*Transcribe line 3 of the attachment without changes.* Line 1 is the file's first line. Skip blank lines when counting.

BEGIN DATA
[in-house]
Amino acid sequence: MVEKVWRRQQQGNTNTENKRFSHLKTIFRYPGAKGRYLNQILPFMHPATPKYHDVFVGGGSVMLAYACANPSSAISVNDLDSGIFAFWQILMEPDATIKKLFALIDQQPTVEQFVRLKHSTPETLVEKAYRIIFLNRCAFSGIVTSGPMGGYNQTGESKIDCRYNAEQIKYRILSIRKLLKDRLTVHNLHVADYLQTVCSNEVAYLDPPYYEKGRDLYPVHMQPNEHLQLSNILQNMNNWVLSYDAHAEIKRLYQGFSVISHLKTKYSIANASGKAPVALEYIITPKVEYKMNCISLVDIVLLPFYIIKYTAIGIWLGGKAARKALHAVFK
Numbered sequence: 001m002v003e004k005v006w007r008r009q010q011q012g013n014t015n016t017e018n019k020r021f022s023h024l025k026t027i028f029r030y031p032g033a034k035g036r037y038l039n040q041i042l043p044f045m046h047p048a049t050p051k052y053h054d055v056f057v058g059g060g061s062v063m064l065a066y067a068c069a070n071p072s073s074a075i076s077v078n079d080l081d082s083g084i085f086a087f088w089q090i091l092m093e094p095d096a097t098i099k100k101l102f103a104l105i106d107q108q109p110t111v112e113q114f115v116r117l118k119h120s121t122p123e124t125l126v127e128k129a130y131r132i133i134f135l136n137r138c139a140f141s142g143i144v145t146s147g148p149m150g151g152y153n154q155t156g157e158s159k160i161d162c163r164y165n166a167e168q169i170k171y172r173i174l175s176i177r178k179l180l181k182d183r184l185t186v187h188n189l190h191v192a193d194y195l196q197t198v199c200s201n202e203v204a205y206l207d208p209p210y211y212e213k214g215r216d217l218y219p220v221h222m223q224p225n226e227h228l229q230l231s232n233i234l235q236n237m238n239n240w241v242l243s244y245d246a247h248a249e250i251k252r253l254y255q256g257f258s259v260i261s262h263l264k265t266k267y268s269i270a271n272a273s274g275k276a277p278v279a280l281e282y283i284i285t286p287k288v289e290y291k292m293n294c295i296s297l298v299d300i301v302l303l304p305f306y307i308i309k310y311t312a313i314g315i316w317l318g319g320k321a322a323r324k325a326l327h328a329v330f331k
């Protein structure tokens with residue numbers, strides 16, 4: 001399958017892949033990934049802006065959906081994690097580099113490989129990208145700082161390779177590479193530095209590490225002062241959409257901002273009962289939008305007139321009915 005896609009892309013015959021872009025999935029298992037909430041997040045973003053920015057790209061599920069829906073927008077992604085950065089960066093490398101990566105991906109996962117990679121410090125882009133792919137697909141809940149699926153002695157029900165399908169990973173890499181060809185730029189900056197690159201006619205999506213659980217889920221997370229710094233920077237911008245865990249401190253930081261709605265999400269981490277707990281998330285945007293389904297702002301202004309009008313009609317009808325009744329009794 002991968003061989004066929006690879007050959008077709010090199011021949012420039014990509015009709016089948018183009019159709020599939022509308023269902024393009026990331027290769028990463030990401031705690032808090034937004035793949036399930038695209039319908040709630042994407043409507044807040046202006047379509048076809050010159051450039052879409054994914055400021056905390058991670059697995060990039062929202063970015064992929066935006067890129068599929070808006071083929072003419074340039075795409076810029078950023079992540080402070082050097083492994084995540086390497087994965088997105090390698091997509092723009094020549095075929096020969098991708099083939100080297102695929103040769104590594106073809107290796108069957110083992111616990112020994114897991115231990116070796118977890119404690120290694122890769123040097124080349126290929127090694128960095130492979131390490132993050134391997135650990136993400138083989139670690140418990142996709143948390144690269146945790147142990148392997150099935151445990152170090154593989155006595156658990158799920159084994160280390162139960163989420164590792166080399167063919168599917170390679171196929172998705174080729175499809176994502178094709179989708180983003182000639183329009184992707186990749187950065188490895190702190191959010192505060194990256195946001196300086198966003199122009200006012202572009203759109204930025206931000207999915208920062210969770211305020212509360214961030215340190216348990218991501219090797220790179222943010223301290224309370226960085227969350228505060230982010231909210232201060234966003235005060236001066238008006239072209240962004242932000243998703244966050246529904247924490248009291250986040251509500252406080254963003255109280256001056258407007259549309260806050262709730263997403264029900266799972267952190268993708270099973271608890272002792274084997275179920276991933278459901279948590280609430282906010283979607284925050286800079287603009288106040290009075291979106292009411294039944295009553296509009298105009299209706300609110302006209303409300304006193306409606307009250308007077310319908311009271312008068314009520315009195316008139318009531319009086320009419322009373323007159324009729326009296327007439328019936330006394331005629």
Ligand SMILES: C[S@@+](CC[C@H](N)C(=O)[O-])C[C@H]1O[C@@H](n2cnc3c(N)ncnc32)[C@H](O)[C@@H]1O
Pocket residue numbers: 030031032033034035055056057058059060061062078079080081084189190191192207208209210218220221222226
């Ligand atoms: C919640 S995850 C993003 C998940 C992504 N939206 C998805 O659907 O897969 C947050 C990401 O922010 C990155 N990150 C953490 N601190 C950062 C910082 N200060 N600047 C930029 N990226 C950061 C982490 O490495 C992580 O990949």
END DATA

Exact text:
Numbered sequence: 001m002v003e004k005v006w007r008r009q010q011q012g013n014t015n016t017e018n019k020r021f022s023h024l025k026t027i028f029r030y031p032g033a034k035g036r037y038l039n040q041i042l043p044f045m046h047p048a049t050p051k052y053h054d055v056f057v058g059g060g061s062v063m064l065a066y067a068c069a070n071p072s073s074a075i076s077v078n079d080l081d082s083g084i085f086a087f088w089q090i091l092m093e094p095d096a097t098i099k100k101l102f103a104l105i106d107q108q109p110t111v112e113q114f115v116r117l118k119h120s121t122p123e124t125l126v127e128k129a130y131r132i133i134f135l136n137r138c139a140f141s142g143i144v145t146s147g148p149m150g151g152y153n154q155t156g157e158s159k160i161d162c163r164y165n166a167e168q169i170k171y172r173i174l175s176i177r178k179l180l181k182d183r184l185t186v187h188n189l190h191v192a193d194y195l196q197t198v199c200s201n202e203v204a205y206l207d208p209p210y211y212e213k214g215r216d217l218y219p220v221h222m223q224p225n226e227h228l229q230l231s232n233i234l235q236n237m238n239n240w241v242l243s244y245d246a247h248a249e250i251k252r253l254y255q256g257f258s259v260i261s262h263l264k265t266k267y268s269i270a271n272a273s274g275k276a277p278v279a280l281e282y283i284i285t286p287k288v289e290y291k292m293n294c295i296s297l298v299d300i301v302l303l304p305f306y307i308i309k310y311t312a313i314g315i316w317l318g319g320k321a322a323r324k325a326l327h328a329v330f331k